4 Common Core English and Language Arts Standards for Science and Technical Subjects and Writing Grades 6-8 CCSS.ELA-LITERACY.RST Cite specific textual evidence to support analysis of science and technical texts. CCSS.ELA-LITERACY.RST Determine the central ideas or conclusions of a text; provide an accurate summary of the text distinct from prior knowledge or opinions. CCSS.ELA-LITERACY.WHST Gather relevant information from multiple print and digital sources, using search terms effectively; assess the credibility and accuracy of each source; and quote or paraphrase the data and conclusions of others while avoiding plagiarism and following a standard format for citation. CCSS.ELA-LITERACY.WHST Draw evidence from informational texts to support analysis, reflection, and research. CCSS.ELA-LITERACY.WHST Produce clear and coherent writing in which the development, organization, and style are appropriate to task, purpose, and audience. Vocabulary: Apiary: A group of beehives cared for by an apiarist. Colony collapse: Sudden demise of a honeybee colony. Eusociality: Social behavior among a group of related organisms in which nonbreeding individuals care for young. Mite: A tiny arachnid with four pairs of legs, related to spiders. Pollinator: Organism such as a honeybee that visits flowers, resulting in pollination. 4 T eacher Guide Bee Detective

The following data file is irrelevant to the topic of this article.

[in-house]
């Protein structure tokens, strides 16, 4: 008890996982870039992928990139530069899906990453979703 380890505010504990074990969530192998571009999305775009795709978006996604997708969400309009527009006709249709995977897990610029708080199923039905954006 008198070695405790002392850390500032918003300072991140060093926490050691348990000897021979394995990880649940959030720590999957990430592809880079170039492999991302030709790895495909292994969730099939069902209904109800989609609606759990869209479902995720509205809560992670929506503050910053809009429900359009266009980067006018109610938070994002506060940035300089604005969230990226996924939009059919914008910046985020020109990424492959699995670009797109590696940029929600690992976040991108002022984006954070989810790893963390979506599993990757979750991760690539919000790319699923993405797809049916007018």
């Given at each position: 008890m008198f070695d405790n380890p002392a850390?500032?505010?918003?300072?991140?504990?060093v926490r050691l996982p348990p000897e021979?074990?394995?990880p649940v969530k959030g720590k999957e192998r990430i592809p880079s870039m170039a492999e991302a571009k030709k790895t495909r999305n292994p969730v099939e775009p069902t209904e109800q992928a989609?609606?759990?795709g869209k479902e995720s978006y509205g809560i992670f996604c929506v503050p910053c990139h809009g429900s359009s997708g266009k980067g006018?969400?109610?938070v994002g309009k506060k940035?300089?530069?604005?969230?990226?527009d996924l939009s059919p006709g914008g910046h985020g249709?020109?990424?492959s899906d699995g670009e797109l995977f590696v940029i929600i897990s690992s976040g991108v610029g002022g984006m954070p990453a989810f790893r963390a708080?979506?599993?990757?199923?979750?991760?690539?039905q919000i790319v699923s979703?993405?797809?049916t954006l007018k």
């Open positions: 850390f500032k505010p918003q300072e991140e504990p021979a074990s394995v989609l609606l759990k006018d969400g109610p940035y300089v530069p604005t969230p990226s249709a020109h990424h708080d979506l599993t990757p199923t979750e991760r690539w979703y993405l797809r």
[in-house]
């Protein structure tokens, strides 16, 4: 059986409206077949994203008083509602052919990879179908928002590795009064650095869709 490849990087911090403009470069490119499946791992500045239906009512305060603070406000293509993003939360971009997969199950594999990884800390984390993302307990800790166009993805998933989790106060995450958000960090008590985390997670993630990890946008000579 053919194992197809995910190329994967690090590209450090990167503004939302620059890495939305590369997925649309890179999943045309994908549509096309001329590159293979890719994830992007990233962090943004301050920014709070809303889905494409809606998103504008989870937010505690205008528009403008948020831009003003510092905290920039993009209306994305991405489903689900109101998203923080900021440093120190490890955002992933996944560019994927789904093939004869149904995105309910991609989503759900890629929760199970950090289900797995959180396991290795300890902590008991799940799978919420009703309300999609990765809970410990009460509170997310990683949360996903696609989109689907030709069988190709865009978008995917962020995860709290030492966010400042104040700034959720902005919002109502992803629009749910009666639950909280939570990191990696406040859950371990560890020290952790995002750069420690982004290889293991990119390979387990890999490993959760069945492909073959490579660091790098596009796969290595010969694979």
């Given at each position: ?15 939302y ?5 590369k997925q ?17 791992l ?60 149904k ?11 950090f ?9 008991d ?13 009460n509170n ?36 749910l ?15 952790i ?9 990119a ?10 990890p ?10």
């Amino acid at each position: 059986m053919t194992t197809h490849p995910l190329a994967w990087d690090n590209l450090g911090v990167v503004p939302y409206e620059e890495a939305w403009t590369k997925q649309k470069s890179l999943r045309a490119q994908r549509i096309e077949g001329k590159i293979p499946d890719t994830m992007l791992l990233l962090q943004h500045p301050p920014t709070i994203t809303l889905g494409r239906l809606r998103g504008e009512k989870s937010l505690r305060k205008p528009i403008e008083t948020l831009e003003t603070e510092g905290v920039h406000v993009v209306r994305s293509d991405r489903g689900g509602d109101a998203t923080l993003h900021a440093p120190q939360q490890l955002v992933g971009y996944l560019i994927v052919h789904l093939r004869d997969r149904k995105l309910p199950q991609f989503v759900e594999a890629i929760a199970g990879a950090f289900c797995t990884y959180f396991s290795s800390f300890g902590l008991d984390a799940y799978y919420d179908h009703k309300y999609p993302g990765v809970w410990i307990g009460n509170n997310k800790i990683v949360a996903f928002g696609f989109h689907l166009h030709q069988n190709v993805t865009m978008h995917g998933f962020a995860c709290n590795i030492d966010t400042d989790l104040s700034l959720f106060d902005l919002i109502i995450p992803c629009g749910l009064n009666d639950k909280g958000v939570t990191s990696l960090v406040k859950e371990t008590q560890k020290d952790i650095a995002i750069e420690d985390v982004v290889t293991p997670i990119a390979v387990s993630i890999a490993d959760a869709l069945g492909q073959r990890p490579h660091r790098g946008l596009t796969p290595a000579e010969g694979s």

5 Materials: Nature Works Everywhere videos that support this lesson plan: Pollinators Putting Food on the Table introductory video - close-up of bees entering a hive - interior of hive - For each group of students: Computer with Internet connection (or can be executed with one computer and interactive board in the class) Printouts of media articles related to CCD (see below) Media articles (print out for lesson or have students read online): Classroom Activities: Part 1: Engage 1. Bring a variety of fruits such as apples, pears and cherries, and nuts* to class. (*Use photos of nuts if regulations do not permit nut products in school.) 2. Bite into an apple, and ask students how an apple grows. 3. Show students the introductory video Pollinators Putting Food on the Table that demonstrates how a picnic would be thin fare without bees. 4. Lead students to the conclusion that apples and many fruit crops grow on trees from flowers pollinated by bees. This will emphasize the importance of bees to agriculture in their role as pollinators. 5. Use the whiteboard to help students complete a list of how bees are vital to the ecosystem. Possible reasons include: Bees depend on flowers and the plant's existence in turn depends on bees. When bees get pollen and nectar from flowers, they pollinate or fertilize the plant. Plants then can produce their own fruits and seeds. Bees are the primary or only source of pollination for many plants. Fruits resulting from pollination by bees are consumed by many birds, insects and other animals. Honey is food for wild animals 5 T eacher Guide Bee Detective